One of the most underutilized and at the same time extremely important elements of dog training is clarity. Human begins expect so much of our canine counterparts that we quickly assume they fully understand all of our directions, often long before they do. Even worse, from time to time we are all guilty of switching up the hints we give dogs like our body language, tone, and eye movement. To achieve a relationship built on trust and understanding, clarity is incredibly important.
So let’s clarify just what I mean by clarity! Before you teach your dog any command or expected behavior, it’s important to sit down and think about exactly what you want the command or rules to be, how you will enforce it, and what hints will go along with it. For example, when you teach a command as simple a sit you should consider the following questions:
- What qualifies as a sit? (rear end touching the ground)
- When is the sit over? (is there an automatic stay with a release word?)
- How quickly must the dog respond to the sit command?
- What non verbal cues will be given for the sit command? (hand signals?)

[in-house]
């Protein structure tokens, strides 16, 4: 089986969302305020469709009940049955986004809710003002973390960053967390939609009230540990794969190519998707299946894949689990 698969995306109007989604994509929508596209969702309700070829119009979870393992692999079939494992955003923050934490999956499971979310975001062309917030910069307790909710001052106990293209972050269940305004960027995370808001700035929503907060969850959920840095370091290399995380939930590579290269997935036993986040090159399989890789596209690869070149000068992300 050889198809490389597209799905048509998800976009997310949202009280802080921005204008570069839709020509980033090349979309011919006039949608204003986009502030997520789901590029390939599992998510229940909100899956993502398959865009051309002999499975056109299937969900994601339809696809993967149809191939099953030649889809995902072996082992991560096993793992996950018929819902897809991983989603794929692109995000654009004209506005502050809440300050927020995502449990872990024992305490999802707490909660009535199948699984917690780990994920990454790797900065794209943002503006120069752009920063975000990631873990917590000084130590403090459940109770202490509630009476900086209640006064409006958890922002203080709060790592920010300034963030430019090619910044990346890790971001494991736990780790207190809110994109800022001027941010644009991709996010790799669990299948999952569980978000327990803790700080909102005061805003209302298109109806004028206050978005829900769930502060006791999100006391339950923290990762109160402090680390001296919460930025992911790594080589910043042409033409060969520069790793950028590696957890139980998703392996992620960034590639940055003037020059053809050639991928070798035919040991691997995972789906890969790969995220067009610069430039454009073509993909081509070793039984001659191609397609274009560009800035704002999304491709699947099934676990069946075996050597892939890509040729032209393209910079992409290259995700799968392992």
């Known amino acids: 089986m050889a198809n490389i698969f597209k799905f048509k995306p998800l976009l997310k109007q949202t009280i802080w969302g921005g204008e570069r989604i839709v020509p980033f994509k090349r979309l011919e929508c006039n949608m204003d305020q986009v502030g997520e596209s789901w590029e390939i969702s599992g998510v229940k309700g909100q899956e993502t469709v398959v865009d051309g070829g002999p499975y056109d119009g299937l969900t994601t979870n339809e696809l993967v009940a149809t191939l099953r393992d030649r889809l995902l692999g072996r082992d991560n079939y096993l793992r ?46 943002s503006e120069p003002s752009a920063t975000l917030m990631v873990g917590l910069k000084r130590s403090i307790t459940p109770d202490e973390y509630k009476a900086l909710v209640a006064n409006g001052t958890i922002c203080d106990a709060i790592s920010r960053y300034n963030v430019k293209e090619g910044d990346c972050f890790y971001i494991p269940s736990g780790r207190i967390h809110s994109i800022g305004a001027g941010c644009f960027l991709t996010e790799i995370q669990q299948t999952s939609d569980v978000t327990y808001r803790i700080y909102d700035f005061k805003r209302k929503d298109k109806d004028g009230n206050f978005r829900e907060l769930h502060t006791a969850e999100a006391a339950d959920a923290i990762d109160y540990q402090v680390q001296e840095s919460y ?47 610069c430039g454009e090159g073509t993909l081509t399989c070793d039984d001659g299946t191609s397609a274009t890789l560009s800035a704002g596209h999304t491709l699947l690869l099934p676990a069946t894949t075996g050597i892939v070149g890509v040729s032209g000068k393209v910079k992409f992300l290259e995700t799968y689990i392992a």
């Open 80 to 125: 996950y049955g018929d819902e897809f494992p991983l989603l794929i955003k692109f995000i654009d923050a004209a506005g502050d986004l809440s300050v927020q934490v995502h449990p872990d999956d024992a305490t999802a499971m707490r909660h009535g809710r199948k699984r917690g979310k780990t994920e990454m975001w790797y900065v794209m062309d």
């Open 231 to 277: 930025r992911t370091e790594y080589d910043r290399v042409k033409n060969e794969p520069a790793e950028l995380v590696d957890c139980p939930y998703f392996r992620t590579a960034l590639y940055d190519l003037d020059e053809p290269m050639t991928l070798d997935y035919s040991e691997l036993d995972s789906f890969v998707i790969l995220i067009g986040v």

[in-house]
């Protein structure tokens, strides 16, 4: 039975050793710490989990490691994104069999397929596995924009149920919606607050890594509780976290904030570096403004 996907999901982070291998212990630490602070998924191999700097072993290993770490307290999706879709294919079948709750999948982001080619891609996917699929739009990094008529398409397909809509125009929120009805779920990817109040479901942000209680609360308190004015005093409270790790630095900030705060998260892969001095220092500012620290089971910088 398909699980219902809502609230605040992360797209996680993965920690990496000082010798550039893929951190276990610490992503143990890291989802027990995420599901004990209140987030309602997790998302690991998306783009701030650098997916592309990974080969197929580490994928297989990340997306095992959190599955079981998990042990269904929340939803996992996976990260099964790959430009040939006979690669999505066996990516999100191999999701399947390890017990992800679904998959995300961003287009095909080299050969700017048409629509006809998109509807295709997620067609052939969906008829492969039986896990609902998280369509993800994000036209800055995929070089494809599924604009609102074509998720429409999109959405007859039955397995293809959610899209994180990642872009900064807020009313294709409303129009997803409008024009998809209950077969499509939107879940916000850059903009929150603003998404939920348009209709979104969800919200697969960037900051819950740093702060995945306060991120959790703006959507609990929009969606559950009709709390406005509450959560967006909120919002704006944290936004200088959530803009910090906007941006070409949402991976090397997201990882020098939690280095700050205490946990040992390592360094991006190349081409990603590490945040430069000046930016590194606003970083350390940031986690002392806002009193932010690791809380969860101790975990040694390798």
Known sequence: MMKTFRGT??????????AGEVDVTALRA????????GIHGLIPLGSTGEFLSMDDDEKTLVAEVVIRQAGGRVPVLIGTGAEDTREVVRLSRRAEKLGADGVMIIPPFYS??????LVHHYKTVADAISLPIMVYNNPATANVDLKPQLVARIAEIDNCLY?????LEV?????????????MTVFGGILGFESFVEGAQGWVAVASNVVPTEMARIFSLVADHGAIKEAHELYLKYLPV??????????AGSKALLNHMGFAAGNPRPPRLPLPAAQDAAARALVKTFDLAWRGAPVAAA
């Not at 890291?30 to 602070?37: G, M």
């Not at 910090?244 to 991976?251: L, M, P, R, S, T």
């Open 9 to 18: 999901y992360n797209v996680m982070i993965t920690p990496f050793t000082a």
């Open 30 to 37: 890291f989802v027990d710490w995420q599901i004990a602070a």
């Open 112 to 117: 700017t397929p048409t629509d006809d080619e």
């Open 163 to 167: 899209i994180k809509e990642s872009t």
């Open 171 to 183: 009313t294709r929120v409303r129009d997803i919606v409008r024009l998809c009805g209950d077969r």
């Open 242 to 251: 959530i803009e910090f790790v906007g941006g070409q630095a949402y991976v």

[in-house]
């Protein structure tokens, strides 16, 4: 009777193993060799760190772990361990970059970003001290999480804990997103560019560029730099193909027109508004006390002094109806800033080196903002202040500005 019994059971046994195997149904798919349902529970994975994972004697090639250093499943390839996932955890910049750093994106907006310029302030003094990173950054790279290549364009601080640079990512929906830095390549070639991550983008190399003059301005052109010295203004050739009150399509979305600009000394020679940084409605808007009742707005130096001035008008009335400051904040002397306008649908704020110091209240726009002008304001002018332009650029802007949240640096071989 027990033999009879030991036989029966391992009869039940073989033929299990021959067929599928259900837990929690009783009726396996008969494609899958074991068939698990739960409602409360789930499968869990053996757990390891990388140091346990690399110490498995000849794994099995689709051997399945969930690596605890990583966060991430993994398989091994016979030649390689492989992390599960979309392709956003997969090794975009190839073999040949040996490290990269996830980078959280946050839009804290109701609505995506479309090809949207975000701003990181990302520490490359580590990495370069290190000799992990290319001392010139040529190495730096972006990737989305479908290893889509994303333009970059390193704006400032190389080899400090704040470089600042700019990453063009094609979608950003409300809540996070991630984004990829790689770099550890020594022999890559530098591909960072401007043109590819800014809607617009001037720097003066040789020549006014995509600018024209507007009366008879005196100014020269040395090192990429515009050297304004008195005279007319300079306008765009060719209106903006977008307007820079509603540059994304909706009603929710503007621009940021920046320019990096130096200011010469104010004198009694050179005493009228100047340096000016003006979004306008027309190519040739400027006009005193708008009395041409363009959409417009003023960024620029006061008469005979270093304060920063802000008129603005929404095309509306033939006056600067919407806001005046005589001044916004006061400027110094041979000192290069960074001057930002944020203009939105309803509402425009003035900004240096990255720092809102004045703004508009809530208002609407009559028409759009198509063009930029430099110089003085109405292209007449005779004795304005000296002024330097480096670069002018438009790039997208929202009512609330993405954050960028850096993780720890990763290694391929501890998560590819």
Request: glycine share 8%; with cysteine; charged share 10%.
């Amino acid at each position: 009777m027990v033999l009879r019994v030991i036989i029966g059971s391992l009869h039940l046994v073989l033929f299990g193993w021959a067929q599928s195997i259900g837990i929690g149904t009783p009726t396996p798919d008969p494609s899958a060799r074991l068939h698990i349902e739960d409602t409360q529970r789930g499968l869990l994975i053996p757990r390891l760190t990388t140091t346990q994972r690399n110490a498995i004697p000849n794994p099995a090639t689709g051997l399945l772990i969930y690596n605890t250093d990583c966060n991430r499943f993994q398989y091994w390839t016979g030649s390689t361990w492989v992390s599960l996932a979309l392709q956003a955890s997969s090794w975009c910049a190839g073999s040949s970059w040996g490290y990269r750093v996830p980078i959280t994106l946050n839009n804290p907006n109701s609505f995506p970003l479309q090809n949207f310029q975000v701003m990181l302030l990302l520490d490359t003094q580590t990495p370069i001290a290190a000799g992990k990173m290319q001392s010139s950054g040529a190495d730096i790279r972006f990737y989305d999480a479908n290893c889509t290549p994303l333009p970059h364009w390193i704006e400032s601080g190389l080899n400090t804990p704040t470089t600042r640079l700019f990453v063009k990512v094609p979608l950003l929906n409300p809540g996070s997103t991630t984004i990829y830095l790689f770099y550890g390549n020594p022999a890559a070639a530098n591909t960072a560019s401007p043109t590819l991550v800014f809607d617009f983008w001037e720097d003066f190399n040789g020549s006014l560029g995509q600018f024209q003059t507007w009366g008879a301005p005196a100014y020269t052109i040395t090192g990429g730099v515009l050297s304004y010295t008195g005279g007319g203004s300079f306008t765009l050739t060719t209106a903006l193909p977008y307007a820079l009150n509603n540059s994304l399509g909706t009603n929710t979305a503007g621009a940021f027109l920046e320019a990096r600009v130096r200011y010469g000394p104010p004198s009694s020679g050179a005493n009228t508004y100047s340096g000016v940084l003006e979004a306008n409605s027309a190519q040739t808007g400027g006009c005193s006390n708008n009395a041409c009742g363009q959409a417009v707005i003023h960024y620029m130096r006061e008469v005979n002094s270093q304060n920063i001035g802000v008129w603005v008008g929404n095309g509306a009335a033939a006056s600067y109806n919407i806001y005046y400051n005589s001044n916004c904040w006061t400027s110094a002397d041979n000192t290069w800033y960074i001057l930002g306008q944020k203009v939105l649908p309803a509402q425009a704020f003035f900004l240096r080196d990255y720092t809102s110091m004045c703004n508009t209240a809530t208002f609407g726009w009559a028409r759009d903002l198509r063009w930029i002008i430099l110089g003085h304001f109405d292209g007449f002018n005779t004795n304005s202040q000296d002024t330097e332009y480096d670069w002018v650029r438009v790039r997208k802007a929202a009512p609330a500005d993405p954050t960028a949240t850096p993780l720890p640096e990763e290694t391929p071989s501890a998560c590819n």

As a trainer, I attempt to answer these questions prior to starting any dog’s training. Dogs learn that I consistently expect them to respond to a sit command and hand signal within 2 seconds of hearing it, that they must have their rear end all the way on the ground, and that they may not get up until they hear a release word like “free.” Being clear from the get go also means that I can be consistent and fair from the first step in the training program to the final step.
In the same way that I seek to provide clarity to dogs I am training with obedience positions, being clear with house rules and manners expectations is just as critical. Sit down as a family and discuss what the dogs’ rules are going to be and how they will be enforced. Don’t forget to get specific! It’s not enough to simply say, “he’s not allowed to run out the front door,” for example. It’s better to say, “As soon as his toe nail crosses this spot on the door, he has broken the rule and will receive a verbal correction.” Make sure that everyone consistently enforces the same rule, uses the same release word, and even similar body language so that the rule and enforcement is crystal clear!
Because dogs are such willing participants, it’s easy to assume that they know exactly what we are asking for, even when they don’t. Always work to be as clear as possible, even when you’re sure your exceptionally bright dog knows your every thought! There is no downside to clarity and you may be surprised at how much your dog is guessing at. Don’t leave your dog’s training to chance. Have a well thought out and consistently enforced plan to promote clarity and a team like relationship.